Thu, Feb 09, 23
Most dogs love wolfing down a bowl of food whenever they get the chance. You might have noticed your pup trying to grab a second helping off the counter or the dinner table.
In most cases, dogs will gladly eat any food they can get their paws on. However, there are times when your dog might not feel like eating. This could indicate a more serious problem, or it could just be a temporary loss of interest.
Depending on how long your dog’s hunger strike lasts, you may want to wait for them to eat again on their own or take them to the vet to figure out what might be affecting their appetite.
The answer depends on several factors if you’re wondering how long your dog can go without eating. Keep reading to learn how much food your dog needs, how frequently they should eat, and when their lack of appetite is a cause for concern.
How Frequently Should My Dog Eat?
There’s no rule on how much food you should give your dog regularly. Their size and activity level may impact what nutrients they require in their bowl. However, you can follow guidelines to determine if your pup is getting enough food.
First, puppies should eat regularly every couple of hours, switching from their mother’s milk to dog food. If you have a very young dog, they’ll need a regular supply of essential nutrients and protein to keep their growth on track.
As your puppy reaches the six-month mark, you can start transitioning them from three meals to two meals every day. Typically, most dogs will continue to eat two meals a day throughout their adult life. We recommend feeding your adult dog once in the morning and once in the evening.
For serving suggestions, you can check your dog food container; it should have a helpful table informing you how much food your pup needs, based on their weight. However, these numbers are only approximate, and you may want to increase or decrease the amount given by up to 50 percent.
If your dog is unusually active or a total couch potato, they’ll have very different nutrition requirements than average. Their size and breed also impact how much energy they’ll need. Dogs that spend a lot of time in cold weather will need more food to keep them warm, so make sure to adjust your dog’s meals accordingly.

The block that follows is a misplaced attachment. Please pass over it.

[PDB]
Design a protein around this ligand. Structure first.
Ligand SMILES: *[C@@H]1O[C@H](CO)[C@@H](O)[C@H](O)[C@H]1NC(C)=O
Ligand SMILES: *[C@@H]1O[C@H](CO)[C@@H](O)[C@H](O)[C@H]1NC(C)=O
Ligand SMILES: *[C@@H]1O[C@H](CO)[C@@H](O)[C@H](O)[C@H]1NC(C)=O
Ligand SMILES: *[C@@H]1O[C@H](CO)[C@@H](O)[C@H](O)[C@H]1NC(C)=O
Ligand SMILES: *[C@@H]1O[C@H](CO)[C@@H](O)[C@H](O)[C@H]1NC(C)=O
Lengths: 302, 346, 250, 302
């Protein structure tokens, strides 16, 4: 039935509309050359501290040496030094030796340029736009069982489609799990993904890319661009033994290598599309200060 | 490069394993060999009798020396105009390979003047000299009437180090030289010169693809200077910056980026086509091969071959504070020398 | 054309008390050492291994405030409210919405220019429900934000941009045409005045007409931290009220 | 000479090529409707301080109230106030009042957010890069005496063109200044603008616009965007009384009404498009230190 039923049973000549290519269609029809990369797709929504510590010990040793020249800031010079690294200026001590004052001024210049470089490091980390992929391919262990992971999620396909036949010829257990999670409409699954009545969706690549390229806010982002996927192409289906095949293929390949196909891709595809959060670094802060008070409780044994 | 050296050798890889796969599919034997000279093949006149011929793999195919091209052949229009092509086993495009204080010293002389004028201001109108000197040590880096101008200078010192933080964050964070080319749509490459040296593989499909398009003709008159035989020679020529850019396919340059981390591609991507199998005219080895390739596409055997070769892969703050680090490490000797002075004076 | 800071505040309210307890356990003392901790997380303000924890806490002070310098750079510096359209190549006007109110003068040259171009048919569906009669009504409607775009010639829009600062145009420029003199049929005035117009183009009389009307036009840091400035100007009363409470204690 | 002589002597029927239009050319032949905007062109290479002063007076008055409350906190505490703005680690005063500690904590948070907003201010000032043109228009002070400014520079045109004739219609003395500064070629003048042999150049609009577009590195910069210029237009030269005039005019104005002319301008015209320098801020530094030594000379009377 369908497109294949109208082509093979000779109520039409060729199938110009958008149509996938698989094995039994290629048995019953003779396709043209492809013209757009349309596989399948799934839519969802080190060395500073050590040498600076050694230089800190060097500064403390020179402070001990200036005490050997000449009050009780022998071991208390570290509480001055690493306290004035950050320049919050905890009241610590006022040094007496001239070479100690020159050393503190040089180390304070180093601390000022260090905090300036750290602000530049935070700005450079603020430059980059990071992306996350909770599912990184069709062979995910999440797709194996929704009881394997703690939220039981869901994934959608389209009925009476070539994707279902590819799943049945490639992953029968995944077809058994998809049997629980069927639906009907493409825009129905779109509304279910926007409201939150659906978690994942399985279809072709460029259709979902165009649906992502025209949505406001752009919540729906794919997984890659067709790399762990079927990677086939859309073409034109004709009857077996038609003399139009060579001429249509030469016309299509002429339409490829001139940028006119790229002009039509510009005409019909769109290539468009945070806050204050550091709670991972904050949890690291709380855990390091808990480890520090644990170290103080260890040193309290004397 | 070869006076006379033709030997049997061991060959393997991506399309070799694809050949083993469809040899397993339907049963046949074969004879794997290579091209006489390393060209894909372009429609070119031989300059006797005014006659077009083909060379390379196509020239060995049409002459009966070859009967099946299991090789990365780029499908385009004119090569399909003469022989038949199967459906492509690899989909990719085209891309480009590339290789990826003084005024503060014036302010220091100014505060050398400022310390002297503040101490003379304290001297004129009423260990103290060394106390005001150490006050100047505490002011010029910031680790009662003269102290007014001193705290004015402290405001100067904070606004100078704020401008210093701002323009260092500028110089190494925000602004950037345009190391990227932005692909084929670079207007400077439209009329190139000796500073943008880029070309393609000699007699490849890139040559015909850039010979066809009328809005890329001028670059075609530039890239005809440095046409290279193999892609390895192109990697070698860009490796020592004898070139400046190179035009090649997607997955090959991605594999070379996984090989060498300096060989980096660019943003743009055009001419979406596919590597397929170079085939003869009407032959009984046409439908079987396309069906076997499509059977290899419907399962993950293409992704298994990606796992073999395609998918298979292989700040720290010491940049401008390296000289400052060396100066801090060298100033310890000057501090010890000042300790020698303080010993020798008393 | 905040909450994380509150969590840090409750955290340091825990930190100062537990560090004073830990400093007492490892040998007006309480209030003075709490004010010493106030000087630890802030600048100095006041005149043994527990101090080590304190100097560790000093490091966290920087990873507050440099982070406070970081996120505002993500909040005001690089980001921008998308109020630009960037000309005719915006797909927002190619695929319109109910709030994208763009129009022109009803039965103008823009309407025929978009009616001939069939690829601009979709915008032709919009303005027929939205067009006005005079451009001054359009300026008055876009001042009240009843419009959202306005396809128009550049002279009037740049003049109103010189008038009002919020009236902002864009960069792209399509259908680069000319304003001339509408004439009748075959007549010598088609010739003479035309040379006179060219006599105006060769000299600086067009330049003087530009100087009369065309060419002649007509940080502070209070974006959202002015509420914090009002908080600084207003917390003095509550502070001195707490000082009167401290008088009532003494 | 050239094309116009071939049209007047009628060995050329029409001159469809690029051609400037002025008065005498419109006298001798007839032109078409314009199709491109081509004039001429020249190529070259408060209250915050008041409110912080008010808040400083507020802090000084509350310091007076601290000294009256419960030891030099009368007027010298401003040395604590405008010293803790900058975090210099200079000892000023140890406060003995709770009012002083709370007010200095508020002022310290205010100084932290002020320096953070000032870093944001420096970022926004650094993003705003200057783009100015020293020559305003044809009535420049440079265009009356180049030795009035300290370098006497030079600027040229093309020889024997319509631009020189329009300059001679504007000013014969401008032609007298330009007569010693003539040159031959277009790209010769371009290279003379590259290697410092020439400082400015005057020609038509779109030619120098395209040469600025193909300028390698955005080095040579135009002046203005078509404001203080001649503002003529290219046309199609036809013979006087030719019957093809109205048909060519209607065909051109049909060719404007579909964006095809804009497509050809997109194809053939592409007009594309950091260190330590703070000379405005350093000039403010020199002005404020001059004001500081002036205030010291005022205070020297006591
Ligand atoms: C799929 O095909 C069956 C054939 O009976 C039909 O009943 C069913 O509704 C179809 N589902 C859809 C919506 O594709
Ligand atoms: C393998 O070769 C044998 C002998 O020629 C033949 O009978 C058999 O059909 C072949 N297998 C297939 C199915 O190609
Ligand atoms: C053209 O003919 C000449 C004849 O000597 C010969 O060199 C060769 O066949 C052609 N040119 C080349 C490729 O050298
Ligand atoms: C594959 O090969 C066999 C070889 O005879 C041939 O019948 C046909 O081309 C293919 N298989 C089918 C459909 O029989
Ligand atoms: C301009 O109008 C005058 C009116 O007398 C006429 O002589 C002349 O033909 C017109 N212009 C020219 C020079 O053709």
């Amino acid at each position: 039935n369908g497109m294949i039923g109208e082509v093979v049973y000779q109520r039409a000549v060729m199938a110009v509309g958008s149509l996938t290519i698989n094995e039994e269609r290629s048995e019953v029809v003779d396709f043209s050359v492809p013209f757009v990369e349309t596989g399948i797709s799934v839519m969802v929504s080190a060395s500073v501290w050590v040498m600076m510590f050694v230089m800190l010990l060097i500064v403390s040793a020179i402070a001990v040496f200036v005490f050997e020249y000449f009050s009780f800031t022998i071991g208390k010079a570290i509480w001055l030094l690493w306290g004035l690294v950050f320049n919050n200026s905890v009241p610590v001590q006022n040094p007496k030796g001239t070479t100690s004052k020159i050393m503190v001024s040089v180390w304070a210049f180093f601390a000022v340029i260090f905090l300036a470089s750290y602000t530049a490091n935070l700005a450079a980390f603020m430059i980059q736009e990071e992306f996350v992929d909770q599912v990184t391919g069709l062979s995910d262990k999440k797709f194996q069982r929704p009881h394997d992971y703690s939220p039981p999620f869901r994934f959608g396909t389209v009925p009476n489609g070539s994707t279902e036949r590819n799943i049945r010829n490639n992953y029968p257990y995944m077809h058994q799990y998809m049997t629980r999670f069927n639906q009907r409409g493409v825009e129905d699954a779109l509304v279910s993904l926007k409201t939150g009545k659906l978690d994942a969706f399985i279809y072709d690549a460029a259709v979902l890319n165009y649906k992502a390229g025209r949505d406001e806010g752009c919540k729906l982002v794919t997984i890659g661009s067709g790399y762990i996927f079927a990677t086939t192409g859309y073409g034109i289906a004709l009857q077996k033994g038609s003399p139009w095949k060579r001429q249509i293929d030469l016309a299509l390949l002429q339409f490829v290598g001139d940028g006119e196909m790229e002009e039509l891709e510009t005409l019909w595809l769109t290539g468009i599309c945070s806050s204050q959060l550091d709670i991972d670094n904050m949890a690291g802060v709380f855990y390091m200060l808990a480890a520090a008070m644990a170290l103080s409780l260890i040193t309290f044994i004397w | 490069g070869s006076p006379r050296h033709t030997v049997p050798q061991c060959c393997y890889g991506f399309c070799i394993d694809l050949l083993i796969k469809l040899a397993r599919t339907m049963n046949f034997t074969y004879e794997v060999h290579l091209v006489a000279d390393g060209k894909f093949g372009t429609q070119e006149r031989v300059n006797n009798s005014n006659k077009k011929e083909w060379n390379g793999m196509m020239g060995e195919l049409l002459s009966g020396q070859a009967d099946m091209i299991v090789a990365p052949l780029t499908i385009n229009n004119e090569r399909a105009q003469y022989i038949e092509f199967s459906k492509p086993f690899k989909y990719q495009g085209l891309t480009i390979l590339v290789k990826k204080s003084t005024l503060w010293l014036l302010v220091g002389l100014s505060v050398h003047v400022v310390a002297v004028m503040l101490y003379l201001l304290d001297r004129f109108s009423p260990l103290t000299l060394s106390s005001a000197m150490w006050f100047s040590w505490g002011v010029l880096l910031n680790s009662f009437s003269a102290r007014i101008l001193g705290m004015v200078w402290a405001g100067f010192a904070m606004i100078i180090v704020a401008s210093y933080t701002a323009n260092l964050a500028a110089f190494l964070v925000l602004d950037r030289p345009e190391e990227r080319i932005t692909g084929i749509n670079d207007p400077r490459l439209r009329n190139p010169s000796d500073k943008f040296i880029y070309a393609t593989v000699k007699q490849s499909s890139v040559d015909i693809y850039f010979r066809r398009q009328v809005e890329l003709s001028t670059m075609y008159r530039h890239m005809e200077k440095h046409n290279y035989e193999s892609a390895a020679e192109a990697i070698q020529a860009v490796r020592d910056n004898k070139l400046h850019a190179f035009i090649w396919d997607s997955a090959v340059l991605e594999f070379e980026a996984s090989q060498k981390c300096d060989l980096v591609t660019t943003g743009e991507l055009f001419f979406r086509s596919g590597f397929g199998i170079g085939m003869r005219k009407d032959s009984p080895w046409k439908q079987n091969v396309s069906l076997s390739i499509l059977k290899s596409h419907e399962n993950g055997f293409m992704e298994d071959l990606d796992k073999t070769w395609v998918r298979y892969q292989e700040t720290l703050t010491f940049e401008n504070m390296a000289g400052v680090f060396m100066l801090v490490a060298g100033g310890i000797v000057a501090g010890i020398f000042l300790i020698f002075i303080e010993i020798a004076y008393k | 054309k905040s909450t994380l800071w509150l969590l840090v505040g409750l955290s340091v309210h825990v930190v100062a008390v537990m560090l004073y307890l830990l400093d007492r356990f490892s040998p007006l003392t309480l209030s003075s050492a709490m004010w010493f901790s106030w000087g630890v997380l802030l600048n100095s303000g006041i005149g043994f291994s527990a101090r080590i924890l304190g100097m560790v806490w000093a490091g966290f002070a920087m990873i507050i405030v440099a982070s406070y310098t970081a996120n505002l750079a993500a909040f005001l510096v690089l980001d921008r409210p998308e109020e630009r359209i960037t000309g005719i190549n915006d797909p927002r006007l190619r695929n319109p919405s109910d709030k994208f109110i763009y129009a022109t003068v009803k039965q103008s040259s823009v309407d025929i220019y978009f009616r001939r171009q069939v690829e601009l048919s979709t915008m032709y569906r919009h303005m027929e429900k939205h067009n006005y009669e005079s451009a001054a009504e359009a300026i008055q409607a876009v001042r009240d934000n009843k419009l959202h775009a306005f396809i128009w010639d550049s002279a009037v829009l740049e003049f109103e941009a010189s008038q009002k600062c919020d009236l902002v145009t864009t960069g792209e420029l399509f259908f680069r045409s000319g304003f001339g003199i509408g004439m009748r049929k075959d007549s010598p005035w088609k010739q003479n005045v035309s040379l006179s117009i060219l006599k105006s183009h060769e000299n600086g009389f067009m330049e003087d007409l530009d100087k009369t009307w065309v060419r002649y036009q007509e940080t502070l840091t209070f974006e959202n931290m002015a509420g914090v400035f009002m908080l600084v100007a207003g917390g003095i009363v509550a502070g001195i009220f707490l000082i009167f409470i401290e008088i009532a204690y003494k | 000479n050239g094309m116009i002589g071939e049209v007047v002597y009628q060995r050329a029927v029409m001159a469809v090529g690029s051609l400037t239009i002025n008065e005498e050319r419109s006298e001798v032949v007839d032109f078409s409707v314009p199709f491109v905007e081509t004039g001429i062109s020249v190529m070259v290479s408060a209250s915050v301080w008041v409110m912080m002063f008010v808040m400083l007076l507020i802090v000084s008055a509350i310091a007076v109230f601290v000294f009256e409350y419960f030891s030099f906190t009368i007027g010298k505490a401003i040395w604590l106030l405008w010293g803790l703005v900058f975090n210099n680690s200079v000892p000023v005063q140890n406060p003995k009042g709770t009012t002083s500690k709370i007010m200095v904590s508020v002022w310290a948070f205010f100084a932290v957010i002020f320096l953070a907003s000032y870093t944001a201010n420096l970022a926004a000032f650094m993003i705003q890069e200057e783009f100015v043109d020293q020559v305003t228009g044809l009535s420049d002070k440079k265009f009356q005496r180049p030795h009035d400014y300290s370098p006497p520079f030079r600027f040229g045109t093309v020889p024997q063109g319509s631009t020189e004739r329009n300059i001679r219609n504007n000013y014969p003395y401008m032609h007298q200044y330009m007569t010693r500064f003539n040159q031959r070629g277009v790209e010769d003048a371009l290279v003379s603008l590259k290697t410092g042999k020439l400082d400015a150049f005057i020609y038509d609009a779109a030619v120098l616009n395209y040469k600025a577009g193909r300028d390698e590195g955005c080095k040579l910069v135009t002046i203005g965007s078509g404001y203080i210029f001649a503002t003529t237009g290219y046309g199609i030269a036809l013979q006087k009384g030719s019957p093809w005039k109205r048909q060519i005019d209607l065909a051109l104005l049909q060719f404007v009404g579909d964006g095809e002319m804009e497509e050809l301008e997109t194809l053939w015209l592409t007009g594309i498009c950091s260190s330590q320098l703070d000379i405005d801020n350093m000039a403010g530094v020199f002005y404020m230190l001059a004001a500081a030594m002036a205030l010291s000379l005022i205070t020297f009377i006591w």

However, this assumes your dog is happy to chow down on whatever food you provide. If your pup starts sniffing around their breakfast and decides not to take a bite, you might want to know how many meals they can skip before you should worry.
A healthy adult dog can go three to five days without eating, assuming they’re drinking plenty of water the whole time. However, it’s unusual for a dog to lose their appetite suddenly. If your pup skips more than two meals in a row, you should call your vet just to be on the safe side.
Like humans, dogs need water more regularly than food. Going a full day without water can leave your dog dangerously dehydrated, so make sure you keep an eye on their water bowl as well. You should take them to the vet immediately if they've decided to stop drinking.
Why Isn’t My Dog Eating?
There are plenty of different factors which might cause your dog to stop eating. Some will resolve themselves in a day or two, while others require quick medical attention.
While we can’t replace the services of a qualified veterinarian, we can inform you of some of the possibilities that could decrease your dog’s appetite. Here are the most common reasons your dog might stop eating:
Just like humans, dogs can suffer from quite a few mouth problems. Your dog could have developed cavities, tooth infections, or gum disease, which can be hard to detect for your average dog parent.
While your dog may continue to eat their meals and silently tolerate mouth pain, it’s also possible that they could put their foot down and stop eating entirely. If your pup is still drinking plenty of water but seems disinterested in their food bowl, it might be too painful for them to chew through kibble.
You may also notice that your dog is happy to eat wet food but turns their nose up at dry food. They may prefer wet food for the taste and rich aroma, but it’s also possible that wet food hurts less to chew than dry food.
If your dog’s eating habits suddenly change, and you think their mouth may be the culprit, you should contact your vet so they can examine your dog. They’ll be able to inform you if they find any cavities or dental issues and resolve the problem so your dog can get back to chowing down.
Stress and Anxiety
Stressful situations and new environments may cause anxiety in dogs. They’re creatures of habit and could lose their appetite when faced with a sudden, unexplained change.
Stress is especially likely to be the culprit if your dog has stopped eating during a move or in the middle of a trip to a different location. Some dogs don’t like eating outside the comfort of their own home.
If you suspect your dog’s anxiety might be causing them to lose interest in food, you can allow them some time to adapt to the new situation. Make sure you play with them, give them opportunities to rest and relax, and show them that there’s nothing to fear.